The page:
In Lico v. TD Bank, 2015 WL 3467159 (EDNY June 1, 2015), the Eastern District of New York held that the plaintiff successfully alleged a violation of Fair Labor Standards Act (FLSA) § 207(r). That statute, titled “Reasonable break time for nuring mothers”, provides, in pertinent part:
(A) a reasonable break time for an employee to express breast milk for her nursing child for 1 year after the child’s birth each time such employee has need to express the milk; and
(B) a place, other than a bathroom, that is shielded from view and free from intrusion from coworkers and the public, which may be used by an employee to express breast milk.
In this case, plaintiff worked for TD bank. After returning from maternity leave, she needed to use a breast pump at work to express milk. Her employer limited the number of times per day she was allowed to take lactation breaks, and permitted her to do so in places that she claimed were unsanitary, not private, and not adequate spaces for lactation breaks. Plaintiff also alleged that
almost every time she asked her manager for permission to take a nursing break, she was denied permission and instructed to perform additional assignments. At times, plaintiff was forced to wait as a long as five or six hours to express milk. The inability to take nursing breaks caused painful breast engorgement, and on several occasions, plaintiff’s breast milk leaked out through her clothing in front of customers and coworkers. At some point, plaintiff began arriving late to work, traveling home during work, and leaving work early, so that she could nurse her child at home, instead of pumping breast milk at work. This caused her to miss work time. On May 23, 2012, the bank terminated plaintiff for “attendance issues.”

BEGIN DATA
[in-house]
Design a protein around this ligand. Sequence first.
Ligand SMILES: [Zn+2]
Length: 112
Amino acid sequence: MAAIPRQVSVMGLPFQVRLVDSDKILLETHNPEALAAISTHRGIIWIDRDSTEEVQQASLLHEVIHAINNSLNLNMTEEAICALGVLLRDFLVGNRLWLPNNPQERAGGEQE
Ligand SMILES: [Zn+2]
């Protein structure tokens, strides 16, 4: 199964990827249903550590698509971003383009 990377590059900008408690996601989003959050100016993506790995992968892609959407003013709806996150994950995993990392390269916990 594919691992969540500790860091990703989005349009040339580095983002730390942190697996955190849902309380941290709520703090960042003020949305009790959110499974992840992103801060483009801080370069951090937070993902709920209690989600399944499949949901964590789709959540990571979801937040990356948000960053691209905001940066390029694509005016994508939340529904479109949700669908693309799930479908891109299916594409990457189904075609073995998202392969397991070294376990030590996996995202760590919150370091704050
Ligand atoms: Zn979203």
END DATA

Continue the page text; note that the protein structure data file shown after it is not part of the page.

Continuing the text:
Judge Bianco rejected outright defendants’ argument that § 207(r) is not privately enforceable, noting that the FLSA’s “penalty provision [29 U.S.C. § 216(b)] explicitly provides a private right of action for all violations of [FLSA] Section Seven, which obviously includes § 207(r).”
However, “§ 216(b) limits the remedies available for violations of § 207(r), in that it only permits recovery of lost wages and overtime, liquidated damages, attorneys’ fees, and costs.” In addition: “[R]ecovery under the statute is limited to lost wages, but an employer is not required to compensate nursing mothers for lactation breaks. As a result, it will often be the case that a violation of § 207(r) will not be enforceable, because it does not cause lost wages.” This “highlights a practical enforcement problem, and not a categorical bar to bringing suit.”
Summarizing and clarifying, the court continued:
[D]amages in a private suit under § 207(r) are limited to wages lost as a result of the employer’s failure to provide an adequate space for lactation. The statute does not provide a private remedy for any other type of damages. For example, claims of discomfort or embarrassment caused by the inability to take a required nursing break are not compensable under the statute. Additionally, the statute does not permit injunctive relief. However, if an employee needed to take longer breaks in order to travel to appropriate areas to take a nursing break, and was docked pay as a result, those lost wages would be compensable in a private lawsuit.
Turning to the merits, the court held that plaintiff plausibly alleged legally cognizable damages:
In several sections of the Amended Complaint, plaintiff alleges that she missed time at work because she needed to travel home in order to express milk. At oral argument, plaintiff elaborated upon these allegations, and provided the Court with a copy of the plaintiff’s initial disclosures, which specifically seek compensation for 40.35 hours of wages lost “specifically because of Defendants’ failure to comply with 29 U.S.C. 207(r) and discriminatory practices.” Based upon the allegations in the amended complaint, the Court concludes that plaintiff has plausibly alleged a claim of compensable damages, consistent with the remedies permitted under § 216(b). Although some of the allegations of damages in the Amended Complaint may not ultimately be compensable, it is not the Court’s role, in deciding a motion to dismiss, to make specific rulings with respect to the scope of damages available to the plaintiff. It is sufficient, for present purposes, that plaintiff has plausibly alleged a legally cognizable injury under § 207(r).